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  1. #1

    Writing and reading from a serial port


    I am working on a project that will basically write some data to 8250 serial port (/dev/ttyS0) and then read back the same data. My understanding is if I write something, it will stored in a buffer and then if I read back, I should be able to read what I just wrote. However, I am having issues where I can write successfully to a serial port but when I check for # of bytes available in the input buffer, it returns 0. So basically, my write does not flush. Can you tell me where the problem..? Here is my code snippet.

    #include <termios.h>
    #include <stdio.h>
    #include <unistd.h>
    #include <fcntl.h>
    #include <sys/signal.h>
    #include <sys/stat.h>
    #include <sys/types.h>
    #include <sys/time.h>
    #include <stdlib.h>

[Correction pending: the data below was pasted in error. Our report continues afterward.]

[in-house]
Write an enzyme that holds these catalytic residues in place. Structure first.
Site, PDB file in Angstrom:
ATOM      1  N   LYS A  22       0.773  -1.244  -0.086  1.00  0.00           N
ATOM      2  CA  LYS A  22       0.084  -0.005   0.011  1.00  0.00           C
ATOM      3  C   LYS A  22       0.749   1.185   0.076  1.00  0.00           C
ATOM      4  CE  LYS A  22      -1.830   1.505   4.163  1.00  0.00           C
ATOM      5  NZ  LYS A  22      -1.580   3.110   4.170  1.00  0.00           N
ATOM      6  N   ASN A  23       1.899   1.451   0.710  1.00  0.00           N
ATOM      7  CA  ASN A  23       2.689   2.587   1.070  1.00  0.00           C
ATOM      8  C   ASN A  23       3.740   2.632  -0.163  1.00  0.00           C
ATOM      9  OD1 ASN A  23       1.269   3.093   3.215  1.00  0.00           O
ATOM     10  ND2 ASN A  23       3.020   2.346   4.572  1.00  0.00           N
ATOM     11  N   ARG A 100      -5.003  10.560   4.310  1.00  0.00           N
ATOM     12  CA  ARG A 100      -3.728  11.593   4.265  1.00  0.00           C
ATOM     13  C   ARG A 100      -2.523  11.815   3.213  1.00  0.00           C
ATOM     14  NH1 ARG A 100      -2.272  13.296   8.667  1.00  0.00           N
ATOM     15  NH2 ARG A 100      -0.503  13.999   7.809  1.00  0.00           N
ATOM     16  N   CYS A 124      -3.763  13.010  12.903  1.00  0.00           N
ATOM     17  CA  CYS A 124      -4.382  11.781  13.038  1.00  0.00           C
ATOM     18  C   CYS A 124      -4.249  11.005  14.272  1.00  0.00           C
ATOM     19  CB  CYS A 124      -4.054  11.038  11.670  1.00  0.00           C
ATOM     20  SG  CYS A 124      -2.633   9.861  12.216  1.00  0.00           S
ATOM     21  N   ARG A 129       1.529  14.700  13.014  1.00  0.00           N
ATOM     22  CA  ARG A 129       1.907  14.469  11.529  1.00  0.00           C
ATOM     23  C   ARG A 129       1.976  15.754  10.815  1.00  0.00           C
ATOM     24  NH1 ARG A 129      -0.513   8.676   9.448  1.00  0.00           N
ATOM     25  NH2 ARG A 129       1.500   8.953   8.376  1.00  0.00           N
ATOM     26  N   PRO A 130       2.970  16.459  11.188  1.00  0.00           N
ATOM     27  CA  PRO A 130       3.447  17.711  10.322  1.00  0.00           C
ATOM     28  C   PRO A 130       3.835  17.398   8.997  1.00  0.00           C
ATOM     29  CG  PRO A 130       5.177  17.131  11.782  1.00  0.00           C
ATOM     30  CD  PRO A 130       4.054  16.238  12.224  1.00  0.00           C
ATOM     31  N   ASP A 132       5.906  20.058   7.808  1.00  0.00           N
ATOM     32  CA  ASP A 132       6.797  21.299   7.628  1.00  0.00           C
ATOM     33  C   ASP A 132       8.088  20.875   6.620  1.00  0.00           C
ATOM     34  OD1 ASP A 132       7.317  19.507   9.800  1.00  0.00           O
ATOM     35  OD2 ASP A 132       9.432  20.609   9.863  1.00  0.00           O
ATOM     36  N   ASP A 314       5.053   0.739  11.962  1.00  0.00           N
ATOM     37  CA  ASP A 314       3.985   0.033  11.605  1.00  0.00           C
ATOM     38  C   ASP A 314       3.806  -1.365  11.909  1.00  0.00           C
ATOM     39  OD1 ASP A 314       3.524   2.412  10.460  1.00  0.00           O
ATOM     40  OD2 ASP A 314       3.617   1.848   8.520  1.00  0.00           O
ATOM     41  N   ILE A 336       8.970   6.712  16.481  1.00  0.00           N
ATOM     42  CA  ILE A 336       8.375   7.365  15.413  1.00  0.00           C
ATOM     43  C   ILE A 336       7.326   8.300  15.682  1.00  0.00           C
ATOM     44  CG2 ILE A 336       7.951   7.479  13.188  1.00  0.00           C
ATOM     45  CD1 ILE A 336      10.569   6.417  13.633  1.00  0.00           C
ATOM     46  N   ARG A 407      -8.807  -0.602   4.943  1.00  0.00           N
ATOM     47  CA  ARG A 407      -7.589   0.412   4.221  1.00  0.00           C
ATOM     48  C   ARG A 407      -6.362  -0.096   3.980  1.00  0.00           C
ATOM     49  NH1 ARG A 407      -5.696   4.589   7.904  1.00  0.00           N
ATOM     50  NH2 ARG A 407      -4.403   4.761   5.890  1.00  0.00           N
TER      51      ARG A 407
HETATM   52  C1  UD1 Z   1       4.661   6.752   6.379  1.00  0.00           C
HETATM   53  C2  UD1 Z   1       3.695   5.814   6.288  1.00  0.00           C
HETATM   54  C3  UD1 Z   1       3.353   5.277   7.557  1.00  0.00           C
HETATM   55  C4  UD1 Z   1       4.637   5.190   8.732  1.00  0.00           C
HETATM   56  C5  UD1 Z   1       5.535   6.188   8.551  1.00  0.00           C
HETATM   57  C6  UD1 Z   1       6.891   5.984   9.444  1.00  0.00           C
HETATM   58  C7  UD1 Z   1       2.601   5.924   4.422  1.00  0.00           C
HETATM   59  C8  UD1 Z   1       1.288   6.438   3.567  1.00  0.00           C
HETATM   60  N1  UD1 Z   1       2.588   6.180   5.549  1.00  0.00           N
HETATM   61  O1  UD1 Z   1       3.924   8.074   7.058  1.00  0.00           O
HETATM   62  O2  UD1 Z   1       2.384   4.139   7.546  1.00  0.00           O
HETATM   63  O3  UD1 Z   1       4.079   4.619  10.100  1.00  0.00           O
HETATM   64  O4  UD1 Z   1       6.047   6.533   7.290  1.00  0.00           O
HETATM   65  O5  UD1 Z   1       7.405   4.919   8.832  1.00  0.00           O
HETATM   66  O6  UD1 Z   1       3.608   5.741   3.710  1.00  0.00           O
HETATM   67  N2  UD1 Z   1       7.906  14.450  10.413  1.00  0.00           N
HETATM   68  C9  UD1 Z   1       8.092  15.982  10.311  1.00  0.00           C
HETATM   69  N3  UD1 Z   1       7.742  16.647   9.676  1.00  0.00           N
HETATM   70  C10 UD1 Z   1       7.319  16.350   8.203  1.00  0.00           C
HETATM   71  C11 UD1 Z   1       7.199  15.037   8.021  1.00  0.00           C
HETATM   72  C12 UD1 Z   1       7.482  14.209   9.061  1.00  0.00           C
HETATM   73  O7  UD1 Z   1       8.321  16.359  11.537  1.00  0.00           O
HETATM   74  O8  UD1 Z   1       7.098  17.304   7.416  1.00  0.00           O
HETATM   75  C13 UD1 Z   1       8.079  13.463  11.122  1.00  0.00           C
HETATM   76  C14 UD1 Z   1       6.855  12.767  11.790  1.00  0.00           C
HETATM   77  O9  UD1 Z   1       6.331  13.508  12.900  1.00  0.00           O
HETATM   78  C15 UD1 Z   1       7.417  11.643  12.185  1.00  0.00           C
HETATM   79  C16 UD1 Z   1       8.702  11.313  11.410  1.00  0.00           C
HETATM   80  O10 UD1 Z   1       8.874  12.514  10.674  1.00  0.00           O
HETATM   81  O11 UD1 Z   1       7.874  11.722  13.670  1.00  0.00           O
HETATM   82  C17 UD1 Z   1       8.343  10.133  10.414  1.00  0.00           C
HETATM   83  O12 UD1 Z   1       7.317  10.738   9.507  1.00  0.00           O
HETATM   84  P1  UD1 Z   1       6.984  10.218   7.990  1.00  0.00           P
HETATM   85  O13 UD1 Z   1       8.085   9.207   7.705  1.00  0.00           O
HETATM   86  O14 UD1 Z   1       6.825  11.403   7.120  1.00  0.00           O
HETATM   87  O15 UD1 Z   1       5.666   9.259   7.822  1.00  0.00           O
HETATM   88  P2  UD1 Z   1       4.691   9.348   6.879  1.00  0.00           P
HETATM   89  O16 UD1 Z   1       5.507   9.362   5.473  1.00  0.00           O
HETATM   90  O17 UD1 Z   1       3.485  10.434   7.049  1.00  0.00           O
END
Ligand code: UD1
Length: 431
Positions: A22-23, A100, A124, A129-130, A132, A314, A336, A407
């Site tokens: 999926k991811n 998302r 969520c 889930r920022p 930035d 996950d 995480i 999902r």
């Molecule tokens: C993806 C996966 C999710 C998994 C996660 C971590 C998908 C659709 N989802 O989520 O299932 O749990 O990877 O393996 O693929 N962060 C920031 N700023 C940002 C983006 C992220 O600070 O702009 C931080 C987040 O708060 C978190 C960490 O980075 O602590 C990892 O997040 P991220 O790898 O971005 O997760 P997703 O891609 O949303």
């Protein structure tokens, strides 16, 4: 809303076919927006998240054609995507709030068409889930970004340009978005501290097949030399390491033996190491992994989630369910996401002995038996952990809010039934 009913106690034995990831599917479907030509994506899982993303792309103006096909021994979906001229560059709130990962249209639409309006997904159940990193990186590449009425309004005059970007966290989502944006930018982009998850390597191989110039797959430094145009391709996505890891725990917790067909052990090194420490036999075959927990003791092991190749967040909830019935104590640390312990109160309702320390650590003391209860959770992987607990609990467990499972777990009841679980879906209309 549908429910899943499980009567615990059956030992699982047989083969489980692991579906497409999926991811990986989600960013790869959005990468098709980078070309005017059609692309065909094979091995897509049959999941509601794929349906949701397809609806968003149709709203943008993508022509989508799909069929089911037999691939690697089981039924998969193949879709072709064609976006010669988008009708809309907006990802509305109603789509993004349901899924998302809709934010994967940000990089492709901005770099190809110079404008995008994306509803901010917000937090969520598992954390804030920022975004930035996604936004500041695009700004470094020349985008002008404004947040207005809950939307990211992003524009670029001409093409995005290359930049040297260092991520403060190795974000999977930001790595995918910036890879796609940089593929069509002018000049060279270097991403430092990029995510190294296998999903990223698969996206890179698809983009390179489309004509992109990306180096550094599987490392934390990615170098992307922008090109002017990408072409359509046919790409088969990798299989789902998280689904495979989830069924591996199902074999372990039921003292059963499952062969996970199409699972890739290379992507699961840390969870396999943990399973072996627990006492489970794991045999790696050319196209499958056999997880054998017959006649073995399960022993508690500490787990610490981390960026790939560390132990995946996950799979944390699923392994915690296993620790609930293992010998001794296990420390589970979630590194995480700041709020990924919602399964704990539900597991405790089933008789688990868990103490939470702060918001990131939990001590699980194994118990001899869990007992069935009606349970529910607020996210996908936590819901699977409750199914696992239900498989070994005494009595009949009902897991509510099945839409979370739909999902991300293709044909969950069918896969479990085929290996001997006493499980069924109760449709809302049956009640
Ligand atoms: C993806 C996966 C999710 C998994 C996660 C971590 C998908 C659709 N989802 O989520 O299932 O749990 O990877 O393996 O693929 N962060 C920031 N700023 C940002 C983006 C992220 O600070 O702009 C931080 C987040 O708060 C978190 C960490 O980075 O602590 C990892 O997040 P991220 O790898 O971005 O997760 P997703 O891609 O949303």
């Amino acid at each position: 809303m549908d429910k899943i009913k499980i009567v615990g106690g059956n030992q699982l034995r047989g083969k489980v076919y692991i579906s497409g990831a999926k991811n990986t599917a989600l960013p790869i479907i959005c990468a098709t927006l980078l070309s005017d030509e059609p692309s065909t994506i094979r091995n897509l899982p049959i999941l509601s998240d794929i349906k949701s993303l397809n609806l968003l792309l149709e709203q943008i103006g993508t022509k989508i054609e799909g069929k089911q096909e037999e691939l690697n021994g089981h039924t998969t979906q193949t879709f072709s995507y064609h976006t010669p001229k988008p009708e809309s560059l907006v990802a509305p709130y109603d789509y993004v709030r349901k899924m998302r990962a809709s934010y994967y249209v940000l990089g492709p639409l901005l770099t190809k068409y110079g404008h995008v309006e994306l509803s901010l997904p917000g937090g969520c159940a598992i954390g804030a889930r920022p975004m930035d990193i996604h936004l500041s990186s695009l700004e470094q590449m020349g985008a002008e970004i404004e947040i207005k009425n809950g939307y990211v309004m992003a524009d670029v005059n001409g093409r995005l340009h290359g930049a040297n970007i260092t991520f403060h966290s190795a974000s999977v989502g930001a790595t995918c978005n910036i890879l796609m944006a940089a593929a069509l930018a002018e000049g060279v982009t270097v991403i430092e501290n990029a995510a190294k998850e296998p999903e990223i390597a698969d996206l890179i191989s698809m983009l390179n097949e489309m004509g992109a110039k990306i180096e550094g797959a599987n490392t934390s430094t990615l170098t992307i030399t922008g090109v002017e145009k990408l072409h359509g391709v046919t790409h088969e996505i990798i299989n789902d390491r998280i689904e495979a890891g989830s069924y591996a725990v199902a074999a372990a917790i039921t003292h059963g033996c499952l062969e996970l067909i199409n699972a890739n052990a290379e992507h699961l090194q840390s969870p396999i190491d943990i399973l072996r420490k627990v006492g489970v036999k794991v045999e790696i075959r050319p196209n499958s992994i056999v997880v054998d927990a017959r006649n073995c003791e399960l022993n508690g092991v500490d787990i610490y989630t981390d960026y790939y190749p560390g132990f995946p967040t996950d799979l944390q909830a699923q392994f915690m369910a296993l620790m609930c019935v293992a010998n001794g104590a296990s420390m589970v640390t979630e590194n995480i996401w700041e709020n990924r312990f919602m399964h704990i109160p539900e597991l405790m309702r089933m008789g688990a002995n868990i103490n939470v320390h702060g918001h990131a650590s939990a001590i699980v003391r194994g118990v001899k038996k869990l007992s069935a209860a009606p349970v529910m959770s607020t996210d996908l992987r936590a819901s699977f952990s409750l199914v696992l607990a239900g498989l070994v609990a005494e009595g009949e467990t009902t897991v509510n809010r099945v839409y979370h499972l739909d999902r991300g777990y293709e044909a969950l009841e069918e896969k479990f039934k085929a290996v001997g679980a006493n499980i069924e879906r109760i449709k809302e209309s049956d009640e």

#include <sys/ioctl.h>
    int main()
        int fd, res, sen;
        int i;
        struct termios oldtio, newtio;
        char buf[] = "hello";
        int bytes, total;
    	 fd = open("/dev/ttyS0",O_RDWR | O_NONBLOCK | O_SYNC);
        if (fd < 0) { perror("error"); return EXIT_FAILURE; }
        fcntl( fd, F_SETFL, O_NONBLOCK );
        newtio.c_cflag =  CLOCAL | CREAD;
        newtio.c_iflag = IGNPAR | ICRNL;
        newtio.c_oflag = 0;
        newtio.c_lflag = ICANON;
        newtio.c_cc[VMIN] = 0;
        newtio.c_cc[VTIME] = 10;
        tcflush(fd, TCIFLUSH);
        tcsetattr( fd, TCSANOW, &newtio );
            sen = write( fd, buf, sizeof(buf) );
            printf("No. of bytes written  = %d\n", sen);
            tcsetattr(fd, TCSAFLUSH, &newtio);
            total =ioctl(fd, FIONREAD, &bytes);
            printf("No. of bytes in the input buffer = %d\n", total);
      return 0;
    Any help will be highly appreciated.

    Last edited by MikeTbob; 12-03-2011 at 07:00 AM. Reason: Added Code Tags

  2. #2
    Linux Guru Rubberman's Avatar
    Join Date
    Apr 2009
    I can be found either 40 miles west of Chicago, in Chicago, or in a galaxy far, far away.
    Buffering is one thing. Reading is another. The only way you could do that would be to have a cable that connects the serial port back to itself.
    Sometimes, real fast is almost as good as real time.
    Just remember, Semper Gumbi - always be flexible!

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